Decorating 10 Years But Don't Know The Answer!

Decorating By chanielisalevy Updated 10 May 2009 , 10:14pm by bettinashoe

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chanielisalevy Posted 10 May 2009 , 11:00am
post #1 of 11

I make very elaborate cakes using a wide variety of techniques but have ALWAYS stayed away from royal icing. Can't tell you why, it's kinda like my fear of mice! It makes no logical sense, that's just the way it is.
So my question to you, can I just mix up a small batch of royal by hand or do you have to lug out a mixer every time you need a bit of royal for glue or whatever. How do you do it? Thanks so much!

10 replies
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abra526 Posted 10 May 2009 , 11:10am
post #2 of 11

I am sorry that I can't answer your quiestion, but I'm really looking forward to see some answers. I would like to make small batches just to use as "glue", but I wasn't sure how to achieve this!

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patticakesnc Posted 10 May 2009 , 11:12am
post #3 of 11

I do mine with a hand mixer. I don't like to break out big ben for a small batch either. It last forever tooo. (using meringue powder). I made up some weeks ago and kept it air tight and am still using it. Still tastes great.

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Evoir Posted 10 May 2009 , 11:13am
post #4 of 11

For small batches I sometimes use a prepackaged mixture to which you just add water (it has powdered sugar and meringue powder in it) can beat it by hand in whatever quantity you need to use. Colour it too as you would any icing.

I do however prefer making mine from scratch, and again you can make small quantities so long as you get your meringue powder of egg white proportions okay. The key is to re-beat it (by hand is fine) before you use it if you've left it sitting in a bowl or in a piping bag for longer than 20 minutes or so.

When you start piping with RI, two tips are to make sure your powders are sifted through fine mesh, and also make it stiff so your piping is well-defined, especially when you first start. It is not as forgiving as buttercream icon_smile.gif

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sara91 Posted 10 May 2009 , 11:14am
post #5 of 11

When I studied at Baking Trade School, we started making royal icing in a ceramic mug. A small bit of egg white, add some powdered sugar, beat like mad with a metal spoon for a few mins until consistency is right.

You can add a drop of lemon juice or acid at the end then mix in.

Very easy and fast.

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chanielisalevy Posted 10 May 2009 , 1:30pm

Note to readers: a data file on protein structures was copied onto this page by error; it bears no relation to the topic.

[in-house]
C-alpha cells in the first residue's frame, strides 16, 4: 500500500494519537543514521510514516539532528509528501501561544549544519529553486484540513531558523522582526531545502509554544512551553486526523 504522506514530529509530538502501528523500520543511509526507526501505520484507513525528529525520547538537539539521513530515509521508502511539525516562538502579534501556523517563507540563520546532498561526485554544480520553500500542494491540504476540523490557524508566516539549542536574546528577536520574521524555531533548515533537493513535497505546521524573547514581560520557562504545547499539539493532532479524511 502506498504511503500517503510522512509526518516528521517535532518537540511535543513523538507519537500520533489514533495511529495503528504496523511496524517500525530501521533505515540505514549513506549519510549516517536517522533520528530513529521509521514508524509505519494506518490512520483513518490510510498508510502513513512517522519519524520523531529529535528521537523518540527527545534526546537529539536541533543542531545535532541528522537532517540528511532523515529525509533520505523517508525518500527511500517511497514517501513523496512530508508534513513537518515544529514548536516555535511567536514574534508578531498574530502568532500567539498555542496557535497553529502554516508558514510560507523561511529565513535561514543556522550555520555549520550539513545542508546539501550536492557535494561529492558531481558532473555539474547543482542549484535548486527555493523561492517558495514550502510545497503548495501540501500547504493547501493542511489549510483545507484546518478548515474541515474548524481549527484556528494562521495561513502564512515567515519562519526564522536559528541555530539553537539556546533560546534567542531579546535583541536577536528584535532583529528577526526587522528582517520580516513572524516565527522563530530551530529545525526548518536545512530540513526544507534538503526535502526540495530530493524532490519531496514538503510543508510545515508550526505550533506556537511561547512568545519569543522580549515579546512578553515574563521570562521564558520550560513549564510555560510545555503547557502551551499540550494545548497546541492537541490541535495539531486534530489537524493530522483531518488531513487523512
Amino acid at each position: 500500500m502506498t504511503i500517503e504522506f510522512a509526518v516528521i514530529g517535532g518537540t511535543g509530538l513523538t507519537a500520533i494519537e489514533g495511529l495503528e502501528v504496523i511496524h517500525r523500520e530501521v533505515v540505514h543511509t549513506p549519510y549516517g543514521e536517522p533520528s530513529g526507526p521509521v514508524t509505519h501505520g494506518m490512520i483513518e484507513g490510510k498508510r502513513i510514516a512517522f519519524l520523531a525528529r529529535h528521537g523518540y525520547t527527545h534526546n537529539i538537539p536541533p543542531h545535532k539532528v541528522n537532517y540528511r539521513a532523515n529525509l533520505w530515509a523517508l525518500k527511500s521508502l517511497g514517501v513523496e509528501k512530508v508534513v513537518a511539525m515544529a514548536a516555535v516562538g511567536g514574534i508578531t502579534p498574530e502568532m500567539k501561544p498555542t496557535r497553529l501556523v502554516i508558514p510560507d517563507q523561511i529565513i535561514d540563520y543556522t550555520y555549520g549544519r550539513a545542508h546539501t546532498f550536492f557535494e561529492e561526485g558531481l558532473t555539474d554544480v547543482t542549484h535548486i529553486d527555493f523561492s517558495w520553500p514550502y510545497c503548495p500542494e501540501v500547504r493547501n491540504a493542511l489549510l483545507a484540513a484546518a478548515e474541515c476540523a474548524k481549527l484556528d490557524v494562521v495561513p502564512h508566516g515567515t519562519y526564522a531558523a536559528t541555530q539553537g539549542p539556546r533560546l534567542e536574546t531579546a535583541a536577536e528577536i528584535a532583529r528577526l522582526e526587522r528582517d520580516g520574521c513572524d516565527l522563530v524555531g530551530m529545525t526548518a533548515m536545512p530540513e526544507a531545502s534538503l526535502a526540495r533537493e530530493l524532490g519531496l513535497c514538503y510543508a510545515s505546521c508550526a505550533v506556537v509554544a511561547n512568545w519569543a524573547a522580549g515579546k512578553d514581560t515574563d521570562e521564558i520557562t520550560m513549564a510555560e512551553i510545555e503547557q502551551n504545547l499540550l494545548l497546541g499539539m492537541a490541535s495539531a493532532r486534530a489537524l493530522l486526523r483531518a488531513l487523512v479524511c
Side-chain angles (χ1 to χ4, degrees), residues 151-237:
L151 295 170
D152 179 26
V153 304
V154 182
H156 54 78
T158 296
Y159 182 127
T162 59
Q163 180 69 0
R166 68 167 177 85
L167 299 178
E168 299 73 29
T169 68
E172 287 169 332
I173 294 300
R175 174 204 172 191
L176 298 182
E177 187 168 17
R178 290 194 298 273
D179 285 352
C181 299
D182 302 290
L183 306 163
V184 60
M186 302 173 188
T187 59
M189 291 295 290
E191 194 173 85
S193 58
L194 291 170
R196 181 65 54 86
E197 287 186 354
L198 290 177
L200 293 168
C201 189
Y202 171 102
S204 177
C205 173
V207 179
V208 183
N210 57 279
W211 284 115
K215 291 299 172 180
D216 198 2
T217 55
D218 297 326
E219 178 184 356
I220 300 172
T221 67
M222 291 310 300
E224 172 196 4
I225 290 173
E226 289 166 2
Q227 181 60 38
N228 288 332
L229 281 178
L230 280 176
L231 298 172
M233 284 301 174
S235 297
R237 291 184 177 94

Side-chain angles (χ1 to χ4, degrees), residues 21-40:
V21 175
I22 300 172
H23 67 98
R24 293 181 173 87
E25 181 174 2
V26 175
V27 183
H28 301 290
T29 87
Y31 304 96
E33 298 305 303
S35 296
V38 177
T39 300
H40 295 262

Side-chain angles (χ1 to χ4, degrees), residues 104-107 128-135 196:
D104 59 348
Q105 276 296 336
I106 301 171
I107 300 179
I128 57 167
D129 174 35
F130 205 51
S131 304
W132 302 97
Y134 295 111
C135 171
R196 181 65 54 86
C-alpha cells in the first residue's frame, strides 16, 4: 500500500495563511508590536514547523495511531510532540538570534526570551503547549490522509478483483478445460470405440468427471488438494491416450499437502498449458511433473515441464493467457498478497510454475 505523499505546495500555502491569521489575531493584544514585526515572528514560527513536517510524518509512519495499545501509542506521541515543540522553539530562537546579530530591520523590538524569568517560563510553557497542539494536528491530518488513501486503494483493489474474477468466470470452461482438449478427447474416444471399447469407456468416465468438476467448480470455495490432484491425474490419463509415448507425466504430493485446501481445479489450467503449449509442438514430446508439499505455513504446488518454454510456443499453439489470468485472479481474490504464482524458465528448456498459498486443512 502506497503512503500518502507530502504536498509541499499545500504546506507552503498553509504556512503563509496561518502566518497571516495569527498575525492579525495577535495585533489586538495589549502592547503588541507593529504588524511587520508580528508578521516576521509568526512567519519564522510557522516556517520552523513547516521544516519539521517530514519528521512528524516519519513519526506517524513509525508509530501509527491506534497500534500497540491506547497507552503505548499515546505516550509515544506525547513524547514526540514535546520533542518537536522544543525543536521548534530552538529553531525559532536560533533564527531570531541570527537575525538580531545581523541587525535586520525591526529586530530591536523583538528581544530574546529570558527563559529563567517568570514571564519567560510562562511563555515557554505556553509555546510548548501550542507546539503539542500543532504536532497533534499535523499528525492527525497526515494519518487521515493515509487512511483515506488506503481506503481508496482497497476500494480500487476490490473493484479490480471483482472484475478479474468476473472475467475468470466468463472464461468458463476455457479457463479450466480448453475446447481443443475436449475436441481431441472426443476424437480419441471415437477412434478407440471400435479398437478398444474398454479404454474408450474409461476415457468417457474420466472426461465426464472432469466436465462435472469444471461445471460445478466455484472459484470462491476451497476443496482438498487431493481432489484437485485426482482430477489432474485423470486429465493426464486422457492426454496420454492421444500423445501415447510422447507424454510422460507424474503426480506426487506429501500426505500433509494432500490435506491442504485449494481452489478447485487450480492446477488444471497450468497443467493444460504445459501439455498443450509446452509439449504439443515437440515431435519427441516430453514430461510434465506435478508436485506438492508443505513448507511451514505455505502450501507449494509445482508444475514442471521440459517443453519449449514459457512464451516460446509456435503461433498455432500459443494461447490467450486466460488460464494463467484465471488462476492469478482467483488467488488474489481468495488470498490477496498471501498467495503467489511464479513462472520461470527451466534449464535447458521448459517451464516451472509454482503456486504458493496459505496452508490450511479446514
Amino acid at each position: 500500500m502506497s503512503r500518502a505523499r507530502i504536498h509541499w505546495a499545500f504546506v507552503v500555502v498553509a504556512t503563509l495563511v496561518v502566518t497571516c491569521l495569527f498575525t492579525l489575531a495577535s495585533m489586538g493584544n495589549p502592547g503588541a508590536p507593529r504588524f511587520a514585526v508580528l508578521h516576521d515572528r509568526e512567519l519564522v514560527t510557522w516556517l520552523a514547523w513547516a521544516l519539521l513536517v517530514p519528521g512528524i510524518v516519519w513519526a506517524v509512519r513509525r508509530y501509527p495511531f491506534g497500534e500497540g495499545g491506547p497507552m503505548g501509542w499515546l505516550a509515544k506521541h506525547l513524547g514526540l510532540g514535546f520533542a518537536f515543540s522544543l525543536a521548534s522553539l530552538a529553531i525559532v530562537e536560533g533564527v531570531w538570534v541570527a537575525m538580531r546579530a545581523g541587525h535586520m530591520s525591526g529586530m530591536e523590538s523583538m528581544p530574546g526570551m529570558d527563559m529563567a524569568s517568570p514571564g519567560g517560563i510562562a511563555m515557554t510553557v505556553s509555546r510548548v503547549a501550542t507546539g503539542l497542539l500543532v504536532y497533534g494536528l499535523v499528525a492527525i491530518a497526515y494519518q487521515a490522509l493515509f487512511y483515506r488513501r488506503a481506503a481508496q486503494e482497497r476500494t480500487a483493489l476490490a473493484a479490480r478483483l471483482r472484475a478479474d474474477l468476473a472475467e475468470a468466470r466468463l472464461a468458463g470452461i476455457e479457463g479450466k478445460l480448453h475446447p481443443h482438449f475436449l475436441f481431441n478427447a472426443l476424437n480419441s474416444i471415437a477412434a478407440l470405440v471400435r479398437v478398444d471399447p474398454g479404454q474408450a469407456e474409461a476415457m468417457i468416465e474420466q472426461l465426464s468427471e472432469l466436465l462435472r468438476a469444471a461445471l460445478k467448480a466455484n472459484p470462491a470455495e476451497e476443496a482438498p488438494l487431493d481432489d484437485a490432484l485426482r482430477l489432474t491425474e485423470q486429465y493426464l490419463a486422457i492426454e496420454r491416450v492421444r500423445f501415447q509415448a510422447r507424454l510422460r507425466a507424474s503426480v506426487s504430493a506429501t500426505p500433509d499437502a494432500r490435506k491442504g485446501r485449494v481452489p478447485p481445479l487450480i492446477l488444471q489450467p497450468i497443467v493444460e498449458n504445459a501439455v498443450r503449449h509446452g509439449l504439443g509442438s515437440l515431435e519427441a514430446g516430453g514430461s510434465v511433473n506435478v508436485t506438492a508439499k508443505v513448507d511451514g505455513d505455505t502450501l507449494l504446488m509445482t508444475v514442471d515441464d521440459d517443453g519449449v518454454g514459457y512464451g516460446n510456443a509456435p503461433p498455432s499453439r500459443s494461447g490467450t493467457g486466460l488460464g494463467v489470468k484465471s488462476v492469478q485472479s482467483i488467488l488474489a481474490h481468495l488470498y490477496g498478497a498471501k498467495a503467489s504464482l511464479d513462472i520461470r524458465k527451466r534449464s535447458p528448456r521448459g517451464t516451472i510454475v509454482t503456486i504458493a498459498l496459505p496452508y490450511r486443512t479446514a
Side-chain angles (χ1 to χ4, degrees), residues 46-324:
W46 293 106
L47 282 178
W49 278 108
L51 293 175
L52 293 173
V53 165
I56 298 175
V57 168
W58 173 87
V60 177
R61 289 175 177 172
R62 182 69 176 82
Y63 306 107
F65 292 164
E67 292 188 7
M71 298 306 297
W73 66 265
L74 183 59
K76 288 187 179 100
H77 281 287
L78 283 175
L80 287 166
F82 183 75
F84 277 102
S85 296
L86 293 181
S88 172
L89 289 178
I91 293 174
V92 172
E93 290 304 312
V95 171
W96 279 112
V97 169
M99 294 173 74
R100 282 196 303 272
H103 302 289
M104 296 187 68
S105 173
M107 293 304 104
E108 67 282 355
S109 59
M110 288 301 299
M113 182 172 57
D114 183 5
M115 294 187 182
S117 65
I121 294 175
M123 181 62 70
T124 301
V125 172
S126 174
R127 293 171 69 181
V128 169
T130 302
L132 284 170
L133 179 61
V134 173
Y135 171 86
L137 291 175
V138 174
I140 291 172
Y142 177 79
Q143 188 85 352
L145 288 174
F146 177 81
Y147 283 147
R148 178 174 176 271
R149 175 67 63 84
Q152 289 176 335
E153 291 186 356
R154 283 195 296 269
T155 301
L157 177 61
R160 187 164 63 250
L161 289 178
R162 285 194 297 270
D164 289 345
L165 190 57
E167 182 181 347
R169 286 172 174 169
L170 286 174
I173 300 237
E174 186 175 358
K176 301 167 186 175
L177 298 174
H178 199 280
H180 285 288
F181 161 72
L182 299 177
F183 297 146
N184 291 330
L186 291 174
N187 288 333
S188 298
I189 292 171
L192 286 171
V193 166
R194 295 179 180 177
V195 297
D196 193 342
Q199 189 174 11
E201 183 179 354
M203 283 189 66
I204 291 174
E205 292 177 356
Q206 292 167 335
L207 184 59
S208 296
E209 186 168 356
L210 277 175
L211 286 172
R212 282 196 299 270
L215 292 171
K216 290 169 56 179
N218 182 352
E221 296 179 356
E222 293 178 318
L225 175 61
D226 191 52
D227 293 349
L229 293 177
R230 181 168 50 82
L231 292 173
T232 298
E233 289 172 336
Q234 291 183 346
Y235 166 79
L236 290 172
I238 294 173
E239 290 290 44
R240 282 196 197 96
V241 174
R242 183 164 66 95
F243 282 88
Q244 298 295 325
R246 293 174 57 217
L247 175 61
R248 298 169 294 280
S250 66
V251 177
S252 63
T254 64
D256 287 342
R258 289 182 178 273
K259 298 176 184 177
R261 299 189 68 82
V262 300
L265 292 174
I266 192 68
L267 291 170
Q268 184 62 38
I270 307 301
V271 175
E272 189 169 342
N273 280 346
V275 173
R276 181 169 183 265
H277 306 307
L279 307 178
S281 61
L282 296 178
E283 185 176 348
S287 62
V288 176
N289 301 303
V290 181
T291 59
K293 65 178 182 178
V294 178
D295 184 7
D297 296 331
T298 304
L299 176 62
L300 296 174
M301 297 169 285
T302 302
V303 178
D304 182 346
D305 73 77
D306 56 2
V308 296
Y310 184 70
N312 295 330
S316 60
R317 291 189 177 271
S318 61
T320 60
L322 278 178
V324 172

post #6 of 11

Can I use an immersion blender (stick blender, not a whisk attachment) instead? Seems quick and easy ... I can't believe I was so afraid! What do you think about the blender? I then rinse it under water, seems like a good idea...what do you think?

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Texas_Rose Posted 10 May 2009 , 2:00pm
post #7 of 11

I just made some yesterday for the first time. I wasn't exactly afraid of making it, it just didn't taste good to me so I didn't bother icon_biggrin.gif But it rinses right out of the mixing bowl and off of the paddle, just like meringue cookies do.

Your little blender would probably work fine. If you're using it as glue then I don't think it needs to get as stiff as the batch I made did when I beat it for a while.

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imamommy1205 Posted 10 May 2009 , 2:04pm
post #8 of 11

I just use my hand mixer. Sometimes mine is too thick and with a spoon I mix in just a little bit of water. Like a splash at a time.

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Cathy26 Posted 10 May 2009 , 9:35pm
post #9 of 11

lol, i just made a batch in 5 minutes there! i use royal icing for glue on every cake. i just use one egg white, a couple of drops of lemon juice and then just add icing sugar and beat with a spoon until you get the consistency you want. i dont even sieve the sugar thats how quick and easy it is!!

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Deb_ Posted 10 May 2009 , 10:09pm
post #10 of 11

A good tip is to be sure that everything is *grease free* before you begin......the bowl, utensils, mixer etc. Also I store mine in a glass jar as opposed to plastic that may have a trace of grease on it which would cause the RI to break down.

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bettinashoe Posted 10 May 2009 , 10:14pm
post #11 of 11

I've made really small batches (the powdered meringue) in a bowl and beat it with a whip or fork. It does work for small jobs.

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